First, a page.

It was admittedly a soft spot kick, but Arsenal could have few complaints, unlike the visitors, who had every reason to vociferously protest six minutes later, when Suarez was barged to the ground by a ridiculous challenge from Oxlade-Chamberlain in the box.

It was a stonewall spot kick but Webb, despite being in the perfect position to see the incident, patronisingly and dismissively wagged his finger rather than pointing it to the spot, as everyone in the ground had expected him to do.

How is Webb supposedly the best referee in the country?
Liverpool continued to probe, nonetheless, and had an excellent chance to equalise with five minutes left on the clock when Fabianski made his first mistake of the match. The number 21 unwisely rushed out to try and punch clear Gerrard’s free kick, allowing Agger the chance to head into an empty goal. Unfortunately, he headed Liverpool’s last chance of the contest just wide of the target.

At the end of the day, as disappointing as it is to exit the FA Cup, Liverpool could be proud of their performance. Although they didn’t reach the heights of footballing perfection reached during their annihilation of Arsenal at Anfield, they certainly performed far better than they did in the League match at the Emirates, when they succumbed to a 2-0 defeat following a very poor display.

A quarter-final tie at home to Everton would have been an exciting prospect had Liverpool emerged victorious at the Emirates, but the FA Cup has never been a priority this season. Champions League qualification is all-important and a Cup run would have been a nice cherry on top of the cake but, if we finish in the top four, few will deem the season unsuccessful simply because we failed to progress further in the FA Cup.

The important thing now is to concentrate on the 12 ‘Cup finals’ Liverpool have during the remainder of the campaign, starting with Swansea’s visit to Anfield next Sunday.


Thursday, 13 February 2014

Liverpool late show defeats Fulham

Liverpool showed strength of character to clinch a late winner against Fulham after coming from behind twice at Craven Cottage yesterday.

While Saturday’s lunchtime demolition of Arsenal was a footballing master class, Liverpool’s less spectacular victory over their London neighbours Fulham in midweek was arguably equally important, since it showed that the Reds’ possess the perseverance necessary to pick up all three points on the road even when they are not performing at their phenomenal best, a trait that could prove crucial in the fight for Champions League qualification, and perhaps even in the title race.

After Kolo Toure’s embarrassing own goal gave Fulham an early lead, Sturridge latched onto a world class pass from Gerrard to level before the break. Frustratingly, another defensive error, this time from Skrtel, allowed Fulham to regain the lead through Richardson’s goal just after the hour mark, although the noticeably improving Coutinho soon equalised with his first goal since Boxing Day.

Sascha Riether’s stupid foul of Sturridge in the box then gave Gerrard the opportunity to net a last gasp winner from the spot, and the skipper took the chance with consummate ease to thrillingly conclude an entertainingly eventful match.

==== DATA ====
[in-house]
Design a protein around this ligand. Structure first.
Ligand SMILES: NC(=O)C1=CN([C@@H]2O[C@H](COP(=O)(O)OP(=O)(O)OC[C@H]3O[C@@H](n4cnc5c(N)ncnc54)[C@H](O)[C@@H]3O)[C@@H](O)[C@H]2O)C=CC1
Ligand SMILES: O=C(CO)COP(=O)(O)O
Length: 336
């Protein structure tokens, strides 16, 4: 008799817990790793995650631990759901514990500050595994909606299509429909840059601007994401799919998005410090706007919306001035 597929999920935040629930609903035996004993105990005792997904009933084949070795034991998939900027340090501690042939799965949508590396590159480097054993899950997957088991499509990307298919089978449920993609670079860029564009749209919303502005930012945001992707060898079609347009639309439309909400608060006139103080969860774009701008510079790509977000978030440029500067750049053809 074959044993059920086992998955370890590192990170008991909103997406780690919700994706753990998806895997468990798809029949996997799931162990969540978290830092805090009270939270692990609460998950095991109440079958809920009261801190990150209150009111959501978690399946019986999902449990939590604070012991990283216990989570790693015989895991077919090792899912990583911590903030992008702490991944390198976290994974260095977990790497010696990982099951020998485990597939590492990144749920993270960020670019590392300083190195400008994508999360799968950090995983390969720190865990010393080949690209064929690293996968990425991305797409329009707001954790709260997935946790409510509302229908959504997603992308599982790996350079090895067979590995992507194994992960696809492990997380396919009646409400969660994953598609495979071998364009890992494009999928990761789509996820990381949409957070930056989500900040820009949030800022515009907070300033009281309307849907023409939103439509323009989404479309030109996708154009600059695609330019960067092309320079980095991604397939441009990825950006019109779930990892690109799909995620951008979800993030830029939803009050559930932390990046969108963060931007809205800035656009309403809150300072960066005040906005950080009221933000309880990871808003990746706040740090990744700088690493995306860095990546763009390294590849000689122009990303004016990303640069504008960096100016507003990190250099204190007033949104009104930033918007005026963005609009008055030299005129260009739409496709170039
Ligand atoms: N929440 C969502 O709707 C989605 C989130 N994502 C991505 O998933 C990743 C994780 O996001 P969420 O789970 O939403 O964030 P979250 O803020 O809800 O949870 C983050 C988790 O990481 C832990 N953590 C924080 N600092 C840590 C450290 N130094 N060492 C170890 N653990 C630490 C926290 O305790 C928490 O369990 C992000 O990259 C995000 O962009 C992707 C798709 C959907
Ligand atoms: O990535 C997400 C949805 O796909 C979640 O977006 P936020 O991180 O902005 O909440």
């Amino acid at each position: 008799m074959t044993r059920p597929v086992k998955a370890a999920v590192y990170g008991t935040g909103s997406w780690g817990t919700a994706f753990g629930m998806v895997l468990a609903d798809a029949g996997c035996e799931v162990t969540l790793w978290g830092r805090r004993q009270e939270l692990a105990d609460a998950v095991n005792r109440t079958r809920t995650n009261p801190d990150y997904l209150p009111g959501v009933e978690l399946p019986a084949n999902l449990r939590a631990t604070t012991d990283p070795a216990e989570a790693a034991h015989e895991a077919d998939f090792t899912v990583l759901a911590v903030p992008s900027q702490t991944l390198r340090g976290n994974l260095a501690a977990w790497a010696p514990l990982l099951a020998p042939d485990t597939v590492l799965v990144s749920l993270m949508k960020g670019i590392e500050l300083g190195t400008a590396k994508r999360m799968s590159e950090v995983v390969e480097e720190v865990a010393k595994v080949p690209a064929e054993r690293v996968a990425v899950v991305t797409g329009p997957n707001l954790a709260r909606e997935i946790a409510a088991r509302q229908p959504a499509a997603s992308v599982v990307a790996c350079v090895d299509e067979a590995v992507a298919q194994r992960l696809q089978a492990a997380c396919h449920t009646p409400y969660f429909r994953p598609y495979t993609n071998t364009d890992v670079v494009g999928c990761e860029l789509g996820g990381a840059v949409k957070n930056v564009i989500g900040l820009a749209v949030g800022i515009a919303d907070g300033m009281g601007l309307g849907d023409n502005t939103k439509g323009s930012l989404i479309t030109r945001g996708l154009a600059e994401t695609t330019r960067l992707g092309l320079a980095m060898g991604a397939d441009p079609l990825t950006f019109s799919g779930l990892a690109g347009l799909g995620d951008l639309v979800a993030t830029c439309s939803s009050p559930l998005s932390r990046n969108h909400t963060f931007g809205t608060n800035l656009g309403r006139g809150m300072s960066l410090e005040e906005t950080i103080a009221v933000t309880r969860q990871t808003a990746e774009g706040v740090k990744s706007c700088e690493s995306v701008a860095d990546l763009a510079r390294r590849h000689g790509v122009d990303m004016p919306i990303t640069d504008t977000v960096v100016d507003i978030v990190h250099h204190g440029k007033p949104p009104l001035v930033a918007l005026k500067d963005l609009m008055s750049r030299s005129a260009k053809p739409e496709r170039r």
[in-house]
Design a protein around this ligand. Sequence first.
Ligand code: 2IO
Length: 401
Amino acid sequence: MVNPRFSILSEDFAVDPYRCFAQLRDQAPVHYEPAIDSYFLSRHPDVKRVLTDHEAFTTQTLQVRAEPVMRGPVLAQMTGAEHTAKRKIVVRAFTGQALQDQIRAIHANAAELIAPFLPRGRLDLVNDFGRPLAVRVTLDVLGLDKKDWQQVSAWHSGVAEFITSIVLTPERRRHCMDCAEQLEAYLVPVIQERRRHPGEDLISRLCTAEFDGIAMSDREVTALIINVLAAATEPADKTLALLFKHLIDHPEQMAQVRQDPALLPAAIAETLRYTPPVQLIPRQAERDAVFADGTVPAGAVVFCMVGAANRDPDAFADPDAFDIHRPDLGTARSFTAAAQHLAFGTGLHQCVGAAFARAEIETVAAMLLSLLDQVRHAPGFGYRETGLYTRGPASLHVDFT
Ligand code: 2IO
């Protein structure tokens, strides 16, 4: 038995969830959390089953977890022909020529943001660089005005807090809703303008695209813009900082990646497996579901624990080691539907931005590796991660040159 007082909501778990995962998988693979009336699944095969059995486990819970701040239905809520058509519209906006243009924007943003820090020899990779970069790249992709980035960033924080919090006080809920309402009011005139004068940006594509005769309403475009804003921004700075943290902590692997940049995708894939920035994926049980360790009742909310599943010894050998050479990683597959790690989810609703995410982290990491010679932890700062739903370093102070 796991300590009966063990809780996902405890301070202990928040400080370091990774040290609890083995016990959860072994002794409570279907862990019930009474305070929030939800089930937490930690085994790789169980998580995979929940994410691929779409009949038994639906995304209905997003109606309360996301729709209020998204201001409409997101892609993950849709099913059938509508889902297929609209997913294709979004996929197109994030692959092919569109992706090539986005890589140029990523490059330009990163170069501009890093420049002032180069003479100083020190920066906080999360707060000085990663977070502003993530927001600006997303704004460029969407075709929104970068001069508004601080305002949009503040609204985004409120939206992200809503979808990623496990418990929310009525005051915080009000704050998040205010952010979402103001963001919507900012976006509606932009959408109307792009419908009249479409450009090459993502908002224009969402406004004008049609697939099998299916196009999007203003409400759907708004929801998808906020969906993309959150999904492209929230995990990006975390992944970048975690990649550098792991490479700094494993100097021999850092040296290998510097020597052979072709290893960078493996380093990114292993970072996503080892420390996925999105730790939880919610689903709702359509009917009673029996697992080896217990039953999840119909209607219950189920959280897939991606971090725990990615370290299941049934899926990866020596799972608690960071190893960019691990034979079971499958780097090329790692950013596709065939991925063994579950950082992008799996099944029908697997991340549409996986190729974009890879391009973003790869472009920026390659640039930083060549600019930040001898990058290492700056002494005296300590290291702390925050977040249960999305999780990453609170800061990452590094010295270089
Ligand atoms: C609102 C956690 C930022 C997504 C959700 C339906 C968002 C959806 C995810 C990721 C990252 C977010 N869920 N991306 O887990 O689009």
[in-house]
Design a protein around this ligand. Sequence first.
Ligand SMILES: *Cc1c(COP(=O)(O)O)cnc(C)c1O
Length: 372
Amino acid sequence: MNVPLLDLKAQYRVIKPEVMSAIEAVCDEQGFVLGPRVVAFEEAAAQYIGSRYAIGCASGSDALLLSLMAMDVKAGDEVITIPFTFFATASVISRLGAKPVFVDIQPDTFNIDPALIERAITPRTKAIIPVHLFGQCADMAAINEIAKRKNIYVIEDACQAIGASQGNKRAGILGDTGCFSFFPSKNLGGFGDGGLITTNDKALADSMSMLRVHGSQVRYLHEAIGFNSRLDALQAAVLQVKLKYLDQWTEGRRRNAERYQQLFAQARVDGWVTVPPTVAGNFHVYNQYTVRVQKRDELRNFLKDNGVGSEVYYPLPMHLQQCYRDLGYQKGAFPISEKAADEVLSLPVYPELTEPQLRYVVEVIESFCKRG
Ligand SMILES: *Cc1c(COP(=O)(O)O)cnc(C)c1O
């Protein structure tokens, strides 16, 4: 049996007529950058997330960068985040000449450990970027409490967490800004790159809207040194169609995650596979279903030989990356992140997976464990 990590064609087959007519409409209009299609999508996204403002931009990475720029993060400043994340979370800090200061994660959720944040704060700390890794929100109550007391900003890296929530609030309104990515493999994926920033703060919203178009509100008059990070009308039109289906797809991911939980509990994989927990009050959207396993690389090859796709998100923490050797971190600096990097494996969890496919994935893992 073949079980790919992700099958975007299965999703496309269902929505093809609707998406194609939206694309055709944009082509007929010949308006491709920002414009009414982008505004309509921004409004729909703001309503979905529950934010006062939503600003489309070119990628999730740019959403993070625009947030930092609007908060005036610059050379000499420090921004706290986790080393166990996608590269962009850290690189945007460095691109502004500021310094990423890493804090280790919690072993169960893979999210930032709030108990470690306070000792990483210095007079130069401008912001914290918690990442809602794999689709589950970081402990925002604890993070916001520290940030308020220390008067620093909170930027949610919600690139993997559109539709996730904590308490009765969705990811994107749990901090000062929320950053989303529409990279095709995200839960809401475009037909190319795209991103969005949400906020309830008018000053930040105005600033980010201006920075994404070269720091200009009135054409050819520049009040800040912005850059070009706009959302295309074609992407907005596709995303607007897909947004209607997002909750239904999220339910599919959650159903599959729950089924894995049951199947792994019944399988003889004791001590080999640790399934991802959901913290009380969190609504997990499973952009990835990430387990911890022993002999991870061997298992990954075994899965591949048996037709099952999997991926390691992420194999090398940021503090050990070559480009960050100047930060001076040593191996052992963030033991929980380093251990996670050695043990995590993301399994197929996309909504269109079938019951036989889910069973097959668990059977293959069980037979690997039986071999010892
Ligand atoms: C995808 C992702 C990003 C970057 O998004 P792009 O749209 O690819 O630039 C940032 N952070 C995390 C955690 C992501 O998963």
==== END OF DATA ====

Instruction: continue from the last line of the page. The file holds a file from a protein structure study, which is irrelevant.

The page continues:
Unsurprisingly, Brendan Rodgers picked the same starting line-up that annihilated Arsenal on the weekend. Unfortunately, Liverpool didn’t begin the match in the manner which they had against the Gunners, and found themselves a goal behind after only eight minutes thanks to some truly awful defending.

The ball-watching Gerrard left Richardson with space inside the Liverpool area and the Fulham number 15 sent a low cross into the six-yard box, which Toure ridiculously turned into his own net with a horrendously sliced attempted clearance that reminded Kopites of the calamitous Djimi Traore’s own goal in Liverpool’s FA Cup third round defeat at Burnley in 2004/2005.

Is Toure Traore in disguise?
It was a memory that many Reds had long since repressed, and being reminded of it was deeply distressing.  

The ball was admittedly bobbling awkwardly, but the Ivorian can have no excuses for yet another error that cost the Reds a goal, particularly coming so soon after his nonsensical pass allowed Anichebe to equalise for West Brom at the Hawthorns.

Vice-captain Daniel Agger, who came off the bench in injury time, will surely replace Toure in the team when he has fully recovered from the calf injury that has kept him out for over a month.

Liverpool’s reply was predictably led by Luis Suarez, although the Uruguayan somehow failed to add to the four goals in four games he’d previously managed against Fulham, despite being one of the Reds’ top performers on the night.

The number seven forced Stekelenburg into a good save after receiving the ball from Aly Cissokho, before firing off target from a tight angle after gliding beyond Burn.

The other half of the famous SAS also threatened, as Sturridge’s 20-yard shot was claimed by the keeper just before the half hour mark, and it was the England striker who combined with his international teammate Steven Gerrard to level the score line four minutes before the break.